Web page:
6 Ways Drupal is Different from WordPress
If you get more than a handful of developers in a room, you will probably find that they have different approaches to building websites and code. These differences can be based on sheer preference, desired outcomes, scalability or even client preference. The development and design teams at PML have extensive backgrounds in Drupal, WordPress, and more, and we understand that not everyone has the development knowledge necessary to differentiate.
Here are a few ways Drupal is different from WordPress:
When sites like whitehouse.gov pick a CMS platform, you know it must be secure—and Drupal has first-class security. WordPress hackers target vulnerabilities within plugins and can do some major damage; however, there are hosting applications that can manage your security risks for both platforms. Security vulnerabilities tend to happen at the server level, and having properly configured hosting environments reduce plugin vulnerabilities as a concern.
Additionally, Drupal allows for third-party single sign-on options such as LDAP (widely used in large businesses for managing user accounts), Facebook, or Google Account logins.
At first glance, WordPress might seem to be the easiest CMS to customize and transform your website into your ideal marketing piece. However, once you look deeper, you will see that Drupal has multiple layers of customization. Traditionally a CMS allows you to modify the front end of a website while the back end is built the same way for all — with an admin area that allows you to edit content, add new pages, adjust theme, etc.— not all CMSs are created equal. Building your website with Drupal gives you Lego pieces to build the front end and back end, and customize how the back end looks and functions for whomever is using it—from a content writer, to website owner.
3. User Permissions
By allowing customization for what each individual user can see and access on the back end, Drupal’s functionality is more robust out of the box than WordPress. WordPress does allow permissions to be set up based on user, but Drupal’s permission level customization are unparalleled. Each module can be assigned to a user individually, giving them access to a section, page or the entire site easily. Administrators can quickly designate access to groups of individuals. Content management and review is simplified through robust versioning capabilities as well as multiple options for content approval workflows.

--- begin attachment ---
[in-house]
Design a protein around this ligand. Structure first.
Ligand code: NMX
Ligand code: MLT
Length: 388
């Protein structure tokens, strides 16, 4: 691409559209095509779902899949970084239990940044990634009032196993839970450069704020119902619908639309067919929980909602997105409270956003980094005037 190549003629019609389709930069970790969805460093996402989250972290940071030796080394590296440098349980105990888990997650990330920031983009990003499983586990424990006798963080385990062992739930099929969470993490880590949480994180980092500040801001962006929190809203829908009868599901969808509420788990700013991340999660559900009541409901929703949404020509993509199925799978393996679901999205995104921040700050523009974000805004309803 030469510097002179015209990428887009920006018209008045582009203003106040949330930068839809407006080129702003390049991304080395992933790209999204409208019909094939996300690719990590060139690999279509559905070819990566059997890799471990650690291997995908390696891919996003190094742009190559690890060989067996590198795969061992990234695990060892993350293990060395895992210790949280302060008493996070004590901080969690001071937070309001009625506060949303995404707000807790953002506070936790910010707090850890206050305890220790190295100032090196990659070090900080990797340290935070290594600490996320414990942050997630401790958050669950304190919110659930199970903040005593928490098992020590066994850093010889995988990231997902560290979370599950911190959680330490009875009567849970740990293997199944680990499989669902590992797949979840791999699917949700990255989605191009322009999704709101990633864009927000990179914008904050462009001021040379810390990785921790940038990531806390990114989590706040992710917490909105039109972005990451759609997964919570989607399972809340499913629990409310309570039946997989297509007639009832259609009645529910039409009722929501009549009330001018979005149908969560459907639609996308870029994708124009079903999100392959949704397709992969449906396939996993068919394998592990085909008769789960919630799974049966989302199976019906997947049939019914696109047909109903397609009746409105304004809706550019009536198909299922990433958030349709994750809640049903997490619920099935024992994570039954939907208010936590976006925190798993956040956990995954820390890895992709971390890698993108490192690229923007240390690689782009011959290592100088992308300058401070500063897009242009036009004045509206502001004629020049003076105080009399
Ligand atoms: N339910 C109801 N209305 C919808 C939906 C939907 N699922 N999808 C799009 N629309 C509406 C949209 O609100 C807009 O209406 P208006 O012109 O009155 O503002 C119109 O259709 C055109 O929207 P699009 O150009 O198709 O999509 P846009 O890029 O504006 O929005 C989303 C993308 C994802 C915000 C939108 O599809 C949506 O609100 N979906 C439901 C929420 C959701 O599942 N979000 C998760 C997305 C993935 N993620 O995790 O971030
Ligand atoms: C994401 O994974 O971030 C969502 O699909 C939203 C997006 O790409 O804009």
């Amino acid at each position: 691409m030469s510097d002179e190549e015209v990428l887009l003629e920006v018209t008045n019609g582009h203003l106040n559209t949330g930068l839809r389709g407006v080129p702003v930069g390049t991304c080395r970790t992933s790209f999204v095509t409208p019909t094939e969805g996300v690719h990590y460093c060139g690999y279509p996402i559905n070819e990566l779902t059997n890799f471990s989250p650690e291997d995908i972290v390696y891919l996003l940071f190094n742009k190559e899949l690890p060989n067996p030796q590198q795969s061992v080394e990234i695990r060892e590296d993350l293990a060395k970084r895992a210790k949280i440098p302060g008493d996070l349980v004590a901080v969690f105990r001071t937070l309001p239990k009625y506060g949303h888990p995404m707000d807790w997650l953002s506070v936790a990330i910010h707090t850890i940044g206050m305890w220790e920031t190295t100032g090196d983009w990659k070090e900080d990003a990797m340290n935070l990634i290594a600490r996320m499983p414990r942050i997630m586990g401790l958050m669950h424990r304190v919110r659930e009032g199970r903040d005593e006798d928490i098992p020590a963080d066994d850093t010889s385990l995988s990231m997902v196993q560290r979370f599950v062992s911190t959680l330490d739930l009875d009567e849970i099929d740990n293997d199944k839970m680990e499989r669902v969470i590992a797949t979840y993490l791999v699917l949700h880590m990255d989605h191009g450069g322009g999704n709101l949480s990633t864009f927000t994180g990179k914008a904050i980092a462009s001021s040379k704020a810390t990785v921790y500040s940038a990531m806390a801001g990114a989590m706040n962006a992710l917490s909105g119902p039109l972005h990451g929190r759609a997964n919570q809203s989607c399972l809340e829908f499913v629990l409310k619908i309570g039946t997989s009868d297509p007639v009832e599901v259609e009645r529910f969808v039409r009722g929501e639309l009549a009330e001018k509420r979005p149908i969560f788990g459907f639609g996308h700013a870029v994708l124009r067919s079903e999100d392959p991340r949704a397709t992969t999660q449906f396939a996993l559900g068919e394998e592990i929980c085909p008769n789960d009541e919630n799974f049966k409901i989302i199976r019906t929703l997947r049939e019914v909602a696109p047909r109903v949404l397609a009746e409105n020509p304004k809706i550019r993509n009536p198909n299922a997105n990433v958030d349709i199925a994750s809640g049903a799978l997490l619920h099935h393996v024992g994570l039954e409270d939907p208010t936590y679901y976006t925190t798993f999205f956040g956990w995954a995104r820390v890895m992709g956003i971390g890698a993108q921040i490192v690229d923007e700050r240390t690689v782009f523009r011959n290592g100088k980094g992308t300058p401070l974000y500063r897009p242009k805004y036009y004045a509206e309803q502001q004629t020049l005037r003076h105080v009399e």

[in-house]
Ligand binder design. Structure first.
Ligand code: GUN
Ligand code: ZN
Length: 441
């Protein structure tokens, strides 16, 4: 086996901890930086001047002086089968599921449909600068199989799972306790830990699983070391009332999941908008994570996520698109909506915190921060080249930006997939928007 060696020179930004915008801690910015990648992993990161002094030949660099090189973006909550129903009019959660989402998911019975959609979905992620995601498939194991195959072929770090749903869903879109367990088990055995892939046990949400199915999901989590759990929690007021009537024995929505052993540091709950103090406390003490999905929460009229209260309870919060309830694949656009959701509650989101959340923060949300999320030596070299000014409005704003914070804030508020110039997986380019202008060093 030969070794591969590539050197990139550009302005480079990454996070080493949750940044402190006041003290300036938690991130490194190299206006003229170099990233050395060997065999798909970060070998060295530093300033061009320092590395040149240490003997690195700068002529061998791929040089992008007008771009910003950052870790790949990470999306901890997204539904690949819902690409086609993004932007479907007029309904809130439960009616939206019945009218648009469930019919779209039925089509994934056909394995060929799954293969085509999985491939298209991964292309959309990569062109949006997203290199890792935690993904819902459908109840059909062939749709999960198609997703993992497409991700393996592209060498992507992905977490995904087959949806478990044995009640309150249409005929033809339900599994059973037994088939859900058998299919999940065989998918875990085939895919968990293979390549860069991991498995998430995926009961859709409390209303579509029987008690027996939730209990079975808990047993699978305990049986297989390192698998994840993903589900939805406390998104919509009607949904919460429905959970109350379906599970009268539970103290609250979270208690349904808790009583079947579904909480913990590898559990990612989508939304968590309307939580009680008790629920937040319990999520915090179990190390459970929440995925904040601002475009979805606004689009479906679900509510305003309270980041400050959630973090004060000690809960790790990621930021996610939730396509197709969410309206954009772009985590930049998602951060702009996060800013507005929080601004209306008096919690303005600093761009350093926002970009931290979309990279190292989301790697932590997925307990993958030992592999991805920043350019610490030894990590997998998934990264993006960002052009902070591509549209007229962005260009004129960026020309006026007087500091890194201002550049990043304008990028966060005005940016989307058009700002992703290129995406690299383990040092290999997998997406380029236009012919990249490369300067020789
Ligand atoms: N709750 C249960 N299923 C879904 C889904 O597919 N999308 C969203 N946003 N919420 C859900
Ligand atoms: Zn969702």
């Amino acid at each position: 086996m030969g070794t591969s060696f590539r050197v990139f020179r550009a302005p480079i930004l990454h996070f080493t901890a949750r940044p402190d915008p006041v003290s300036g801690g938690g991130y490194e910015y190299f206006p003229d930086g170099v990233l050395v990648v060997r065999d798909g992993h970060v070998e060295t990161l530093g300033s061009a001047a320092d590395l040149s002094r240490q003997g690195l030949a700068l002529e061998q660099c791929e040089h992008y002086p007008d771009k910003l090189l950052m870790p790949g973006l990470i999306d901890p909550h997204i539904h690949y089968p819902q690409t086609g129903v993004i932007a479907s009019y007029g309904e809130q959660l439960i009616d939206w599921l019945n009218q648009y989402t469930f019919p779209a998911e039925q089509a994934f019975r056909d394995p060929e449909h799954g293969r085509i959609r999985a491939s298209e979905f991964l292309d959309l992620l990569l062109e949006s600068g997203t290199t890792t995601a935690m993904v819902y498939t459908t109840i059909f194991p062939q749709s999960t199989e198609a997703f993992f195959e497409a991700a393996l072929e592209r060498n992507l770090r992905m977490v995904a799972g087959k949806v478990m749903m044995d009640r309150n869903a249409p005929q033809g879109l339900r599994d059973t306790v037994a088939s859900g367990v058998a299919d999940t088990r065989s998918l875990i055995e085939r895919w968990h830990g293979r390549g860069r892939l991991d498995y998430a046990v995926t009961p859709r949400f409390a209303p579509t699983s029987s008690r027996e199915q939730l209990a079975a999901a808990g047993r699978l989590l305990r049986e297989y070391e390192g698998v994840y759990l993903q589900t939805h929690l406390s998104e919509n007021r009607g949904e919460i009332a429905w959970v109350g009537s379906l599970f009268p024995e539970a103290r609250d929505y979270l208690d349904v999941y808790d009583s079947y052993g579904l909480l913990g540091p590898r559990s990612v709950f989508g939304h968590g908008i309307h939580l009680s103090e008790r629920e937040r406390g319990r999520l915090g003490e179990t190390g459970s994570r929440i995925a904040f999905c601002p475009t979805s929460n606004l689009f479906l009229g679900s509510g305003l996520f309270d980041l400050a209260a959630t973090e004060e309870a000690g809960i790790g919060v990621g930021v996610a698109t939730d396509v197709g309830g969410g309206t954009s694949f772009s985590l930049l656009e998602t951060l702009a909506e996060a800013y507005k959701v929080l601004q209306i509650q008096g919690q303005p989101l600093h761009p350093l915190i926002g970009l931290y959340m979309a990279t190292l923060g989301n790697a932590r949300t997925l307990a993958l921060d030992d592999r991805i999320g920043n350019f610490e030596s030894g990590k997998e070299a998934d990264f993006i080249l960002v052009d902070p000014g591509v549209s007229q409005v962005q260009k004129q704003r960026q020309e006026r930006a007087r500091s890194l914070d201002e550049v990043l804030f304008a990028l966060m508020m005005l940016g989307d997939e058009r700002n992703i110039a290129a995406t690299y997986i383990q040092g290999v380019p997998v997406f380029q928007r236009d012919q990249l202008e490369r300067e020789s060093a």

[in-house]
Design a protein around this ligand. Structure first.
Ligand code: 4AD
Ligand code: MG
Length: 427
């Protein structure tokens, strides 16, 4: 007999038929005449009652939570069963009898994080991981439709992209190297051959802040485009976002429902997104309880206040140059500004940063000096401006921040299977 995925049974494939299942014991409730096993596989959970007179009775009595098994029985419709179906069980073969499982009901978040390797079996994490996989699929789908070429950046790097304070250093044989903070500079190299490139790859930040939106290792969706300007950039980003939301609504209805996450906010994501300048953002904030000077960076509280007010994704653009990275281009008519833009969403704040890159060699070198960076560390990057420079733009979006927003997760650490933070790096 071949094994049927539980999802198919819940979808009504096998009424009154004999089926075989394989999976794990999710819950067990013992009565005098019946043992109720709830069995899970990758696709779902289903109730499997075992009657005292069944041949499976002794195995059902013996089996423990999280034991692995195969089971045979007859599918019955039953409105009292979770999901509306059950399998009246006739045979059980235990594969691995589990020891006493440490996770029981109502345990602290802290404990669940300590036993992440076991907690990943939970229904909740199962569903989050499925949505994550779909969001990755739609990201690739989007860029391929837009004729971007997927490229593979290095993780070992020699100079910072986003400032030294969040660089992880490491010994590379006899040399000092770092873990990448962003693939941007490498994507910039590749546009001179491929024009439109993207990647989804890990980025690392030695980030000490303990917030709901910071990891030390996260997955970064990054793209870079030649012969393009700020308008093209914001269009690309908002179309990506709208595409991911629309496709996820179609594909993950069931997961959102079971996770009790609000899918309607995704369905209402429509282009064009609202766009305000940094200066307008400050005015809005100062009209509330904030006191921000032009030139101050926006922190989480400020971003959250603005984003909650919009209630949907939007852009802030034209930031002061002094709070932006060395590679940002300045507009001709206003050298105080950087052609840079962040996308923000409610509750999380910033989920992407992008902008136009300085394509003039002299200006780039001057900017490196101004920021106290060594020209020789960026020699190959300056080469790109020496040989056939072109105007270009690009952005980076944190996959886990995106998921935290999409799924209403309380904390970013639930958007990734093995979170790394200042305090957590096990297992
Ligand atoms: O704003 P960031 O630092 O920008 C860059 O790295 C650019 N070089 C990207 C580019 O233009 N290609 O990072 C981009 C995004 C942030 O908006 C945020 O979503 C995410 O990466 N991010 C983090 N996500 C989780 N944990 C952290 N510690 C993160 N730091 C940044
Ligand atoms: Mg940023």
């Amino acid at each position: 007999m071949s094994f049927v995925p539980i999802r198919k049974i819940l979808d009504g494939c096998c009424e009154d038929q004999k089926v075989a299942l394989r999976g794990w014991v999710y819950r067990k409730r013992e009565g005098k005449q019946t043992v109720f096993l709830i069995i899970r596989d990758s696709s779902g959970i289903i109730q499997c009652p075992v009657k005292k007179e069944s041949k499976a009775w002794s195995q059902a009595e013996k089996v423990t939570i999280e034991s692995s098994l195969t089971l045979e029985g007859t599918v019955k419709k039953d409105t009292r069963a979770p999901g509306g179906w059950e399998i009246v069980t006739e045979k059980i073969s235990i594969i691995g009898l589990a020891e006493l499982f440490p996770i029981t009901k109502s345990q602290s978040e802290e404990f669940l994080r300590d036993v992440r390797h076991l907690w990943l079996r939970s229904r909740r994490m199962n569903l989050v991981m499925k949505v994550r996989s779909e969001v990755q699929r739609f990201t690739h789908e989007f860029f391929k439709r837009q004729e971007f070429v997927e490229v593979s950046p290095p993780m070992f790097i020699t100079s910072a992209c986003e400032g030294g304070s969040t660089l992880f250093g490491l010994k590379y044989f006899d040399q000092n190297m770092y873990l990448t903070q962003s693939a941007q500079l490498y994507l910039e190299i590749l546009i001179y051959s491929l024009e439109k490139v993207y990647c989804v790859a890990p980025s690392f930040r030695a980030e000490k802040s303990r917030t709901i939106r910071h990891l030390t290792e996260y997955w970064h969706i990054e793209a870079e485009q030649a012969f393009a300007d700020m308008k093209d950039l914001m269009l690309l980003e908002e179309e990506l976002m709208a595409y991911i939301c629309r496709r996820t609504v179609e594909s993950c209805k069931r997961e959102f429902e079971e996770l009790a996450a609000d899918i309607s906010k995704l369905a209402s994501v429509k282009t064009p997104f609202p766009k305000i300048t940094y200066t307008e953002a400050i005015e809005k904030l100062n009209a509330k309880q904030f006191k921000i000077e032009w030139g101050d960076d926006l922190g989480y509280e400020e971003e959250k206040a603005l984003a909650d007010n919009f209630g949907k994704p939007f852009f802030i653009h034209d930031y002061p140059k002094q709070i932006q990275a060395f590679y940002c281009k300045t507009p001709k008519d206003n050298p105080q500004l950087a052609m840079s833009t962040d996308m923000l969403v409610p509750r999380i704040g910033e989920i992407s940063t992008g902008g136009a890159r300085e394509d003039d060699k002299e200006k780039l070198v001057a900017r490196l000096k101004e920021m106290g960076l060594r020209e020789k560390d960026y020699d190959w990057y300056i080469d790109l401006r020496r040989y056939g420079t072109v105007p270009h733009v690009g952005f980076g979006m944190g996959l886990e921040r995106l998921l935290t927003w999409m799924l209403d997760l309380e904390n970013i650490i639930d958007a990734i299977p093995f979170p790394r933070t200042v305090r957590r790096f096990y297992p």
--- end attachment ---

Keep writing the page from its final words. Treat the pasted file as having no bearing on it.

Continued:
4. Responsive Design
Both WordPress and Drupal allow you to choose your break points for image scalability. WordPress allows you to set these break points in the functions.php file. Drupal allows you to access these in the admin area through the Image Style module. While this method does take a bit of time to set up, you can adjust the break points without the need to manipulate PHP files directly. Both systems allow you to design your templates as you wish, and include starter responsive themes that help cut down time spent on development.
5. SEO (Search Engine Optimization)
It’s been a well-circulated claim that WordPress is best for SEO and Google’s search engine. However, that is not entirely true. WordPress does have less margin for error, but as long as the Drupal developer knows what they are doing, Drupal sites can be just as effective at ranking in Google as WordPress sites.
6. Plugins and Modules
First off, plugins and modules are essentially the same thing. WordPress called them plugins, Drupal calls them modules, but to the end user, they are the same. WordPress has the biggest range of plugins, but Drupal has a large collection of modules. A vast amount of Drupal’s modules are user-contributed and these elements are more robust than the typical WordPress plugin. The Drupal community has many members that are continuously building, tweaking, and assisting each other on various forums and communities. According to the Drupal website, “We’re more than 1,000,000 passionate developers, designers, trainers, strategists, coordinators, editors, and sponsors working together.”
If you are new to development or you are trying to understand what is happening in the development world, it is easy to see that a typical website can be built on either platform; however, if you have a specific result in mind, it might be best to choose one platform over the other. As one of our Drupal experts, Mike Raichelson, explains, “Think of Drupal as a collection of Lego parts,” you can build what you want, color code various parts, and move them around as you wish. You can customize the front end and back end on both WordPress and Drupal, but the Lego blocks of Drupal allow you deeper and more dynamic customization.
The big takeaway is not that Drupal is extremely superior to WordPress. It is not that one CMS is more ideal than another, but rather that most non-developers would initially find it is easier to build with WordPress, than Drupal. “People new to Drupal usually say, ‘Oh, this is lacking, it’s not built in’ because at heart Drupal is more of a tool for building a CMS for a particular site’s needs than it is an actual out-of-the-box CMS,” said Raichelson.